People define joy in different ways. Major parts of philosophy,
religion and social science are all centered around probing what makes
people truly happy.
For me, I think I've figured out the epitome of joy. It involves a Fiat 500 driving through the countryside with the windows rolled down and Italian opera blasting from the sound system.
It's hard to find cars that generate smiles as easily as the little
500. I own one of them, a Mazda Miata, but it's wildly impractical. At
least the Fiat has a back seat.
In fact, its closest competitor here in America is the MINI Cooper, a car that's just as good at bringing grins to your face. But the MINI is mainly designed by Germans, and — no matter how illogical it seems — driving a German car is just not as cool as driving an Italian car like the Fiat.
Italian cars always carry the coolness trump card. It's written in the
Car Owner Bible or something.
To make it even cooler, Fiat didn't send me an ordinary 500 to try out. They sent the Abarth version, a ridiculous but incredibly lovable car that's tuned to go faster, be louder and ride rougher than the regular ol' 500.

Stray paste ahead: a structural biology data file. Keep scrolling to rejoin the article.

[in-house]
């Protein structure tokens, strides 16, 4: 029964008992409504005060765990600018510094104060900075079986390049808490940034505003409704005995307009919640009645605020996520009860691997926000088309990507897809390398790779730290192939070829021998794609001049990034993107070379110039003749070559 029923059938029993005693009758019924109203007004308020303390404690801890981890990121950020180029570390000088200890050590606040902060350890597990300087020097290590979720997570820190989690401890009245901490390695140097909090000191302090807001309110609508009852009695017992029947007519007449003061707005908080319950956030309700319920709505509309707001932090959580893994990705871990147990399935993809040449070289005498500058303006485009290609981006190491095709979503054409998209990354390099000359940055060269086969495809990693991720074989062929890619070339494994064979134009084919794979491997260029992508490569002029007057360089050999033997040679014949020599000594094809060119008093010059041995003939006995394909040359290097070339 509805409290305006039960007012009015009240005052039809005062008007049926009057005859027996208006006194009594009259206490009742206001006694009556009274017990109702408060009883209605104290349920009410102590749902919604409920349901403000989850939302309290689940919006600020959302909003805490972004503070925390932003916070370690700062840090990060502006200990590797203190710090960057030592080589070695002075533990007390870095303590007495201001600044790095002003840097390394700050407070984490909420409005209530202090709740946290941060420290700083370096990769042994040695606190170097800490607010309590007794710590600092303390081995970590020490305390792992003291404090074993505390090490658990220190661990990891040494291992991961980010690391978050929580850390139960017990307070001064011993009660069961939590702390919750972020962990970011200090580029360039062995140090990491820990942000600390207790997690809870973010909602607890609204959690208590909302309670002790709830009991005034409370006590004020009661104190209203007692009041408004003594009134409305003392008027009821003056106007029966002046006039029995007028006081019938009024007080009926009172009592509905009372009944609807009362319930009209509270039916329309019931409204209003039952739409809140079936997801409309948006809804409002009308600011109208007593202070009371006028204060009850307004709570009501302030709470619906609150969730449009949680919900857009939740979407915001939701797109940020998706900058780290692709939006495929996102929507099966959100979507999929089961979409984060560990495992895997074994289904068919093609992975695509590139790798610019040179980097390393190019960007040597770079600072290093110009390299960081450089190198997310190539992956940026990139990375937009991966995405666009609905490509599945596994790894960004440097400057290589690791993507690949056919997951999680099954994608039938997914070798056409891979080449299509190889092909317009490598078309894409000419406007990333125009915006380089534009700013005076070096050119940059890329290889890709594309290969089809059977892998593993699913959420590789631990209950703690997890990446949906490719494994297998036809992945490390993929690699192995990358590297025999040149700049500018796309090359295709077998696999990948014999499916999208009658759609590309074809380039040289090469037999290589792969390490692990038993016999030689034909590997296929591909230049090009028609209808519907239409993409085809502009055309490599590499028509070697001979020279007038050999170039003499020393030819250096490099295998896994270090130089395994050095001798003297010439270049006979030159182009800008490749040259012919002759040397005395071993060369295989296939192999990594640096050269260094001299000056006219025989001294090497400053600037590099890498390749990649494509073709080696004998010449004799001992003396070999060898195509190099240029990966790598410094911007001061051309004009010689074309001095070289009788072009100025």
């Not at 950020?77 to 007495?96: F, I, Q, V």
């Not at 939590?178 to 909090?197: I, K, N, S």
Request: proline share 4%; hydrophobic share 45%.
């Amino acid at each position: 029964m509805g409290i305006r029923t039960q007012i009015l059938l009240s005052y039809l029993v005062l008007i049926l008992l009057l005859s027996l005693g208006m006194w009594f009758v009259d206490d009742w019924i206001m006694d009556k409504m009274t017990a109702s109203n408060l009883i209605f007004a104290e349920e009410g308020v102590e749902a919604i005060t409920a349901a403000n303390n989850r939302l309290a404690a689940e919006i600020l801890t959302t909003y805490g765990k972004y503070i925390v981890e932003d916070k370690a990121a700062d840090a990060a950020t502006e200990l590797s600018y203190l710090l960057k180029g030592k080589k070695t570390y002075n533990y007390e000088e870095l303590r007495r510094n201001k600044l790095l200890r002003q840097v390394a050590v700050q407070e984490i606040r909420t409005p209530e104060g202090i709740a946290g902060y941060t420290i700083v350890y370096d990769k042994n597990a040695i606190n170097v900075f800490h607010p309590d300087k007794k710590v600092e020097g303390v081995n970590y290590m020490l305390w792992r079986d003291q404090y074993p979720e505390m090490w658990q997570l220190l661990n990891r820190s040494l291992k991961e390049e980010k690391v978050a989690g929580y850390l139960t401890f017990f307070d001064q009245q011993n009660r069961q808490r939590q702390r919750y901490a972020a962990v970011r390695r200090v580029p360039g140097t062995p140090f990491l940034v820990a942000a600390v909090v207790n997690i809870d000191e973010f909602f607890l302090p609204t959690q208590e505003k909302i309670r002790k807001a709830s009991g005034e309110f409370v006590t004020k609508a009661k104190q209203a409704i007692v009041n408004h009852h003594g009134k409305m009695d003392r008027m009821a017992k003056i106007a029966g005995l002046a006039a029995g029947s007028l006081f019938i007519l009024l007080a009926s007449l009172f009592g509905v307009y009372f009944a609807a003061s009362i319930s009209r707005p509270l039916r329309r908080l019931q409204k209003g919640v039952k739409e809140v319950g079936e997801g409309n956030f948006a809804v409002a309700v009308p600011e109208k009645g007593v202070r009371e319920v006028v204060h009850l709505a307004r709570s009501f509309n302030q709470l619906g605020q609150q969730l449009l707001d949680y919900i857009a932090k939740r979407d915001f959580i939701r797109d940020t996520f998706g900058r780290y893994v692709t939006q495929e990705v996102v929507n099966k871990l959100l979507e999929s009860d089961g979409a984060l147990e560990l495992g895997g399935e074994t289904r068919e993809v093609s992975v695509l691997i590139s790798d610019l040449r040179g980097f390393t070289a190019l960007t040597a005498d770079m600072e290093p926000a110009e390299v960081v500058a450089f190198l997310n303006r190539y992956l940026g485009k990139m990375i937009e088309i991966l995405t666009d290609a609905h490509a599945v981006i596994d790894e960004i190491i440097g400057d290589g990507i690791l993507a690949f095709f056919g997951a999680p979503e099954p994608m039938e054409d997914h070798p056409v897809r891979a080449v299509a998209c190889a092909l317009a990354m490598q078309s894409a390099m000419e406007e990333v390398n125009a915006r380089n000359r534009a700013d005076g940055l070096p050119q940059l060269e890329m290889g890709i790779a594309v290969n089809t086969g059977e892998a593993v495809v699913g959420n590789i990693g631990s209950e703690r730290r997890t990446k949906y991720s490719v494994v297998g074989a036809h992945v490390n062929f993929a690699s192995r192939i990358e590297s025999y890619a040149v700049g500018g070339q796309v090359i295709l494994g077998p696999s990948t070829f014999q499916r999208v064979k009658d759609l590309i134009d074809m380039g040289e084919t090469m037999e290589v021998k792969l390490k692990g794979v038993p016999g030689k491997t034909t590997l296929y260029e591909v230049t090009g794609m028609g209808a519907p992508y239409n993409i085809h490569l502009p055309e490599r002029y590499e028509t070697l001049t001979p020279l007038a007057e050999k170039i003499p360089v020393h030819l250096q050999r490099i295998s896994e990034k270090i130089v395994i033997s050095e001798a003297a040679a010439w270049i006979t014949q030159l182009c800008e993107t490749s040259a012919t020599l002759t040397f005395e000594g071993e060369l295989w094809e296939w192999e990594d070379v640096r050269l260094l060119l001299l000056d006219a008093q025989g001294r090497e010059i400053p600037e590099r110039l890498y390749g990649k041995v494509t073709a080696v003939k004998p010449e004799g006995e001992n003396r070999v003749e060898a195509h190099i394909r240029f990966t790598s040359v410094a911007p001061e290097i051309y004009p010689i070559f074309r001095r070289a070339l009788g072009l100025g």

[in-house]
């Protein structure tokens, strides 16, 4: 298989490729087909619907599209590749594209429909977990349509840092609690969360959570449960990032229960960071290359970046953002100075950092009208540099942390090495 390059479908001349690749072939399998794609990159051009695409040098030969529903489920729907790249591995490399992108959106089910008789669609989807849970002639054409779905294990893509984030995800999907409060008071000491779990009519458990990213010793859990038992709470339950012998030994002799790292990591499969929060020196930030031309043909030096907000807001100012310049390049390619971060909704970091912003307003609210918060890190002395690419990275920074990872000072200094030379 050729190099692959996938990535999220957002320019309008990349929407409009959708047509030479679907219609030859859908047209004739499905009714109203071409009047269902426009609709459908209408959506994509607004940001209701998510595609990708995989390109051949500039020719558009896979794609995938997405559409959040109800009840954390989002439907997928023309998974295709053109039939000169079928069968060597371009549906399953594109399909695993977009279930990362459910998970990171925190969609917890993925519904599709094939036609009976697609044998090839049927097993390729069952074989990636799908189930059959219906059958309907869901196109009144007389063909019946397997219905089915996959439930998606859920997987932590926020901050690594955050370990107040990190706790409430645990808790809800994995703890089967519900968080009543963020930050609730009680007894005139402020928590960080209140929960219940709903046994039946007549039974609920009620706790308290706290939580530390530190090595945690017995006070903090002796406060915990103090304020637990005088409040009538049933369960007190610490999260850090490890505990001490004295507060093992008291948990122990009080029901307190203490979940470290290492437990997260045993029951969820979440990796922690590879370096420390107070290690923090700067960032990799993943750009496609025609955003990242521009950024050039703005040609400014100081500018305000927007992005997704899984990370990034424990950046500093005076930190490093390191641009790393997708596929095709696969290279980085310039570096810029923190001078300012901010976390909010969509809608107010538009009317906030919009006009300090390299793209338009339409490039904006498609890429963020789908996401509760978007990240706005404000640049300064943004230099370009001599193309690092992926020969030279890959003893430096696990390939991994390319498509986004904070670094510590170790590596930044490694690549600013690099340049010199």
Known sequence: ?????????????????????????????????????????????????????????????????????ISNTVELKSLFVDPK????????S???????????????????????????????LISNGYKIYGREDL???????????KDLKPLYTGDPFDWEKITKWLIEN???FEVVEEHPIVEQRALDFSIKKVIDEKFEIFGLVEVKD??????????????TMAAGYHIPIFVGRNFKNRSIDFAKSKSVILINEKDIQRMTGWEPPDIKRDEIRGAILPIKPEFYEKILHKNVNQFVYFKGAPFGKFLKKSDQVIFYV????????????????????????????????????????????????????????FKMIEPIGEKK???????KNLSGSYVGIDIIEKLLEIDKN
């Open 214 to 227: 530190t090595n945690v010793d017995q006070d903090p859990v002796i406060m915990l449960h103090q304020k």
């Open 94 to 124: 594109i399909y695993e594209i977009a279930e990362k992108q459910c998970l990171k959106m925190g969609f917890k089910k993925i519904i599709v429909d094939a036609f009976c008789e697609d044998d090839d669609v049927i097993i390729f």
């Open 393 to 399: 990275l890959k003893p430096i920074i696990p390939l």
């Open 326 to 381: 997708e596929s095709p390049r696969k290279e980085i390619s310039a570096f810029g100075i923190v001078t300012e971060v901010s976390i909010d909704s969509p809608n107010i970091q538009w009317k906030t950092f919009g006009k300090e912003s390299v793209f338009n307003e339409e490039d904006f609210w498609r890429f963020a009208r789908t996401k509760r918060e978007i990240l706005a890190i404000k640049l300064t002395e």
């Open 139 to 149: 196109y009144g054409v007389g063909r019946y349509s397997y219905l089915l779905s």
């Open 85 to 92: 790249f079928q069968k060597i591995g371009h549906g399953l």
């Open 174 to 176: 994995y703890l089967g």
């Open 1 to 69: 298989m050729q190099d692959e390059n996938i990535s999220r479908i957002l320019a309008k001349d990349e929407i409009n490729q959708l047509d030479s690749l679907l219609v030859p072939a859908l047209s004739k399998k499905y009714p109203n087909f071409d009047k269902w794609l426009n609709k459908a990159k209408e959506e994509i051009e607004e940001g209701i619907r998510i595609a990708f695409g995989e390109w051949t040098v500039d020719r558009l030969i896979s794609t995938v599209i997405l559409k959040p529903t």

Granted, you've got to be the right kind of person to enjoy a car like
this. It's a small car with a powerful, turbocharged engine and very
firm suspension setup that makes it ideal for flinging around corners.
But the most controversial part is its exhaust note: a blistering,
roaring, throaty burble, something almost funny to hear because you
don't expect such a loud noise to come from such a cute little car.
Driving the Abarth is predictably fun, given its 160-horsepower engine in an extremely lightweight body. It feels very much like driving a go-kart.